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Bec’s quick Chicken Laksa

White bowl filled with chicken and prawn Laksa

Chicken laksa is one of those quick and easy meals you can serve mid-week, but it’s also good enough for a dinner party. Stick a few prawns on top and Ta Da! You can have it on the table in 30 minutes or less by using a pre-made paste or powder (even a purchased paste), or you can also take your time and start from scratch.

Does Laksa have to be spicy hot?

I know some of you don’t like heat, so making your own paste or powder is a great idea.  Making your own from scratch gives you complete control by adjusting the heat to your liking.

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What does Laksa come from?

Did you know that the word Laksa is derived from the Persian word Laksha (which means slippery)?  Laksa isn’t a specific soup; it’s the name given to a range of soups.  We call it “soup”, but really it’s more than that.  It’s a noodle type soup from Malaysia and can contain a variety of proteins.  Fish, chicken, pork, prawns, tofu are all acceptable protein sources, and sometimes you can find two or three in the same dish.

Individual ingredients for Bec’s Quick Chicken Laksa,
Typical Laksa Ingredients

Ingredients in this Laksa recipe

For the recipe I’ve written here, you’ll need to add your spice in two ways – shop bought paste and my Laksa powder.  I’ve used Maesri Red Curry Paste from the supermarket (it has some heat to it), but you’ll also need some of my Laksa powder blend, which has ingredients that will bring it more in line with a Malaysian Laksa.

I’ve given you options below if you’ve not done my spice class or purchased my spice blend eBook.  Here’s a link to my eBook bundle if you want to check it out.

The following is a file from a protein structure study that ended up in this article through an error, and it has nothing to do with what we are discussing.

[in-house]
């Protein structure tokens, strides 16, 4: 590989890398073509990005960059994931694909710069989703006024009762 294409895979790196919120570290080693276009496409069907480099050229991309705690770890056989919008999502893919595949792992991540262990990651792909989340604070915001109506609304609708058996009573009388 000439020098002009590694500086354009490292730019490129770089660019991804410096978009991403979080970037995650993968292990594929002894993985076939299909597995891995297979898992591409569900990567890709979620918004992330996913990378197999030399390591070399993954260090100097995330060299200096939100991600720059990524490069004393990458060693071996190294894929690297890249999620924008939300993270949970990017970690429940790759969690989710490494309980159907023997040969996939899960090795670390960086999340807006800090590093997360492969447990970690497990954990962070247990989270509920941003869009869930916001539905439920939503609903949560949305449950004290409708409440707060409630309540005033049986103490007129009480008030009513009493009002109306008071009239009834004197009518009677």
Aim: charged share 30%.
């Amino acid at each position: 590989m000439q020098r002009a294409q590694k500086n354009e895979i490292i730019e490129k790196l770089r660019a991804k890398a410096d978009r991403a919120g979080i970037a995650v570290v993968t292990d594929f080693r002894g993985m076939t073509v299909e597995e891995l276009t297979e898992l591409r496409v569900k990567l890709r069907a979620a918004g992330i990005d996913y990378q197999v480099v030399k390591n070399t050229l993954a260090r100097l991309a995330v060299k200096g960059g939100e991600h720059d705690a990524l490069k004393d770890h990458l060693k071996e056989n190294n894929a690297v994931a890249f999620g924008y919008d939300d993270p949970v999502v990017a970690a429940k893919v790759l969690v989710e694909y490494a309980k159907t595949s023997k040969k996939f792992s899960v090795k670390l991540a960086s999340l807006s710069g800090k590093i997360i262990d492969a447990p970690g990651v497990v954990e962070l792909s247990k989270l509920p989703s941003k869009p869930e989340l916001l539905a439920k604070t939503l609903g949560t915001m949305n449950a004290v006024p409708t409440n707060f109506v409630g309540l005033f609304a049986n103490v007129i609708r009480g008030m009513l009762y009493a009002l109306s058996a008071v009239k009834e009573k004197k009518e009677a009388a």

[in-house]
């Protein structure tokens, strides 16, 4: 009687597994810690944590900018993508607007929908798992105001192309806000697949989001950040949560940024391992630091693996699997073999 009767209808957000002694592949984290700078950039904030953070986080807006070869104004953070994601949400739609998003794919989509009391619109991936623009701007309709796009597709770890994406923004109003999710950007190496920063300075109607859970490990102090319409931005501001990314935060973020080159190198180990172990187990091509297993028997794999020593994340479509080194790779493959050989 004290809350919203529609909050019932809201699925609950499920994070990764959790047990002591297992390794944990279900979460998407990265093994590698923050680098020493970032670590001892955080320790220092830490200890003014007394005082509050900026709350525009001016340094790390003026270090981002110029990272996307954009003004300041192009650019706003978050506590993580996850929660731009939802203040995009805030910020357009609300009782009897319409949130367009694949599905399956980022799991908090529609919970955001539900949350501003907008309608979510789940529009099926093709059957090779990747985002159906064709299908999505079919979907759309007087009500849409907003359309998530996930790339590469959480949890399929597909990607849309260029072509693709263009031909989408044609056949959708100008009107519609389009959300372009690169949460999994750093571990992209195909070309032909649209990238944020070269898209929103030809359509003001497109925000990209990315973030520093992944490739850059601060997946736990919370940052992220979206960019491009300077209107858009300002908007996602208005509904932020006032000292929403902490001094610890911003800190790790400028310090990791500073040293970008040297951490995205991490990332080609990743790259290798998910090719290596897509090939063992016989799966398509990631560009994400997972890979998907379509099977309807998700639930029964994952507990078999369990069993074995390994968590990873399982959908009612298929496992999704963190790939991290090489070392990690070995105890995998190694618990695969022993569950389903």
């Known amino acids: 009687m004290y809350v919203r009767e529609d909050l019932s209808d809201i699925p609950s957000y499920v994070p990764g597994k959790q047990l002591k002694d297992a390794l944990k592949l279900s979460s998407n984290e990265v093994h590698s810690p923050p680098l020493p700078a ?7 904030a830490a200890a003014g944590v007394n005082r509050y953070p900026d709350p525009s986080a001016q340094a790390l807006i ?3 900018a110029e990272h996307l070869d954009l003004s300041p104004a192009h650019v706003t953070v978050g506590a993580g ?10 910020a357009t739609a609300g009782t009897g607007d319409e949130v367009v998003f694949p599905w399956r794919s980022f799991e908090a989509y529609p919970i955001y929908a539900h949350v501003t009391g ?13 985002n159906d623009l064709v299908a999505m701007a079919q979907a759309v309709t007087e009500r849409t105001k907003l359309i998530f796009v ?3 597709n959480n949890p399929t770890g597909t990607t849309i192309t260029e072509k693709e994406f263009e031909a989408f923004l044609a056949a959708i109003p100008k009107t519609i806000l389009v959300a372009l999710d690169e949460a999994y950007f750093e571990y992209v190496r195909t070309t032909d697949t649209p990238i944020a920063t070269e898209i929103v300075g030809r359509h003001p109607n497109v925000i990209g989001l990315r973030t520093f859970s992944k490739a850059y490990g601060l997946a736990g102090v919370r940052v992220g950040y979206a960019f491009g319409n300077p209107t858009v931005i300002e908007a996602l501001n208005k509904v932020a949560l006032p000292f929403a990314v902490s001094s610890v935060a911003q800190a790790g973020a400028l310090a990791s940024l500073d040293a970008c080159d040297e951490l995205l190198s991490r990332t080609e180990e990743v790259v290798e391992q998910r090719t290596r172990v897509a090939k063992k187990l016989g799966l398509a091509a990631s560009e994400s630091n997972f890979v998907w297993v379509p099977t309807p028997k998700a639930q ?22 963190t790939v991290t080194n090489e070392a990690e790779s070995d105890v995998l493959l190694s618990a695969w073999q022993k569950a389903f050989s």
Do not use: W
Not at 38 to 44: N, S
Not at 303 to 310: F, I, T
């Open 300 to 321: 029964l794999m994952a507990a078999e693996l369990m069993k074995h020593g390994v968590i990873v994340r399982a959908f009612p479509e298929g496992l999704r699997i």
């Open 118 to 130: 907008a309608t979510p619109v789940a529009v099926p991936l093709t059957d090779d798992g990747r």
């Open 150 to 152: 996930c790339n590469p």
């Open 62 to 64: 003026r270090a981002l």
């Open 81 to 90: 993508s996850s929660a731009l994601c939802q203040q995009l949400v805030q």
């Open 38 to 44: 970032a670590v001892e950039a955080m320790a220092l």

When I buy any sort of paste or jar of sauce from the supermarket, I pretty much always add some extra ingredients to boost the flavours in the dish.  For example, in this Laksa recipe, I’ve added a little garlic, kaffir lime leaves and a touch of sugar to balance the sauce.

Sure, if you just want to feed the masses and you’re not too concerned with going the extra mile for the taste, use them straight out of the jar, but trust me when I say you don’t have to add much to make an extraordinary dish. 

Spices I like to use for Laksa

When making laksa for our family, we tend to go for a little heat.  You can make your own red paste, but trust me, adding a small can of Maesri, Red Curry Paste, you won’t regret it. Use as much or as little as you like; It’s a great product.

Why use red curry paste with a Laksa blend? 

Well, we like a bit of heat.  You can use as much or as little as you like, and the red curry paste will do a great job.  Adding a tablespoon of my Laksa powder (which isn’t hot) will add some additional ingredients to make it more like a Laksa.   If you don’t have my blend, you could grab a curry powder from the supermarket.  Try to find one that has lemongrass or kaffir lime leaves in it but if not any mild one will be ok.  Or here’s a great Laksa powder you can grab online if you don’t want to make your own, although this one does have some chilli built-in.

These additions change the dish, giving it a Malaysian Laksa style flavour.   Of course, you can leave the red paste out (heat) out altogether, as I’ve shown in my classes or eBook or use even more paste for really hot. ?  Oh, and you can freeze any leftover paste if you like.  That’s what I do. 

So what sort of things are in my Laksa blend?  

You can get all of these ingredients from a good middle-eastern deli or supermarket.

  • dried shrimp (Optional)
  • garlic granules
  • onion flakes
  • coriander seed
  • galangal powder
  • ginger powder
  • dried kaffir lime leaves
  • lemongrass powder
  • chilli’s dried
  • turmeric powder

Some of the other ingredients:

I use a non-flavoured oil for cooking off the paste/powder and chicken at the start.  Check out my free download on cooking oils.

What sort of Protein:

I use chicken thigh fillets because they’re tender, juicy, and aren’t as easily overcooked as breast or some other proteins.  If you have some prawns in the freezer, chuck in a few per person. 😉